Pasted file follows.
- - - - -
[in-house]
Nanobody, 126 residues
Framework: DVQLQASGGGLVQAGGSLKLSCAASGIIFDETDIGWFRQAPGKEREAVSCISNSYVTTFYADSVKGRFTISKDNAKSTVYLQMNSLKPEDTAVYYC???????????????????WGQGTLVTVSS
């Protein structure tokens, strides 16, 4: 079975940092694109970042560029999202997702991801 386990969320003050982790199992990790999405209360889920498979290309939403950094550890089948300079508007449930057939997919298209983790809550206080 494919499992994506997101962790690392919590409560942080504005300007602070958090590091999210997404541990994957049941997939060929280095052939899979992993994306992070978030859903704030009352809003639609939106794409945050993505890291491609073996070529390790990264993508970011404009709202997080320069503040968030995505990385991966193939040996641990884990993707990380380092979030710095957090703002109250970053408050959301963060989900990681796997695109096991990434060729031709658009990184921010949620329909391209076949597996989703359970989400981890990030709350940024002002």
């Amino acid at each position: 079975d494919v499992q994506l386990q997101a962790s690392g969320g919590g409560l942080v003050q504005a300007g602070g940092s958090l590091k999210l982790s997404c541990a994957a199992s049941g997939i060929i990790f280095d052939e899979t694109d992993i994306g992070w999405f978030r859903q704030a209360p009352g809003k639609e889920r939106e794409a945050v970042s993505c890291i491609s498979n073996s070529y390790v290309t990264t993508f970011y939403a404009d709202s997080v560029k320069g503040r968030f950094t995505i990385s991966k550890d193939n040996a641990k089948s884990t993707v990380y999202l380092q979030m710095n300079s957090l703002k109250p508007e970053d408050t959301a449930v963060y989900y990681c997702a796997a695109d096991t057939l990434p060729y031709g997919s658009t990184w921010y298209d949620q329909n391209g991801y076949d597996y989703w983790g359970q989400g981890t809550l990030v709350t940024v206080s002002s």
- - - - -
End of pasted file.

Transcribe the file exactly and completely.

[in-house]
Nanobody, 126 residues
Framework: DVQLQASGGGLVQAGGSLKLSCAASGIIFDETDIGWFRQAPGKEREAVSCISNSYVTTFYADSVKGRFTISKDNAKSTVYLQMNSLKPEDTAVYYC???????????????????WGQGTLVTVSS
């Protein structure tokens, strides 16, 4: 079975940092694109970042560029999202997702991801 386990969320003050982790199992990790999405209360889920498979290309939403950094550890089948300079508007449930057939997919298209983790809550206080 494919499992994506997101962790690392919590409560942080504005300007602070958090590091999210997404541990994957049941997939060929280095052939899979992993994306992070978030859903704030009352809003639609939106794409945050993505890291491609073996070529390790990264993508970011404009709202997080320069503040968030995505990385991966193939040996641990884990993707990380380092979030710095957090703002109250970053408050959301963060989900990681796997695109096991990434060729031709658009990184921010949620329909391209076949597996989703359970989400981890990030709350940024002002």
């Amino acid at each position: 079975d494919v499992q994506l386990q997101a962790s690392g969320g919590g409560l942080v003050q504005a300007g602070g940092s958090l590091k999210l982790s997404c541990a994957a199992s049941g997939i060929i990790f280095d052939e899979t694109d992993i994306g992070w999405f978030r859903q704030a209360p009352g809003k639609e889920r939106e794409a945050v970042s993505c890291i491609s498979n073996s070529y390790v290309t990264t993508f970011y939403a404009d709202s997080v560029k320069g503040r968030f950094t995505i990385s991966k550890d193939n040996a641990k089948s884990t993707v990380y999202l380092q979030m710095n300079s957090l703002k109250p508007e970053d408050t959301a449930v963060y989900y990681c997702a796997a695109d096991t057939l990434p060729y031709g997919s658009t990184w921010y298209d949620q329909n391209g991801y076949d597996y989703w983790g359970q989400g981890t809550l990030v709350t940024v206080s002002s």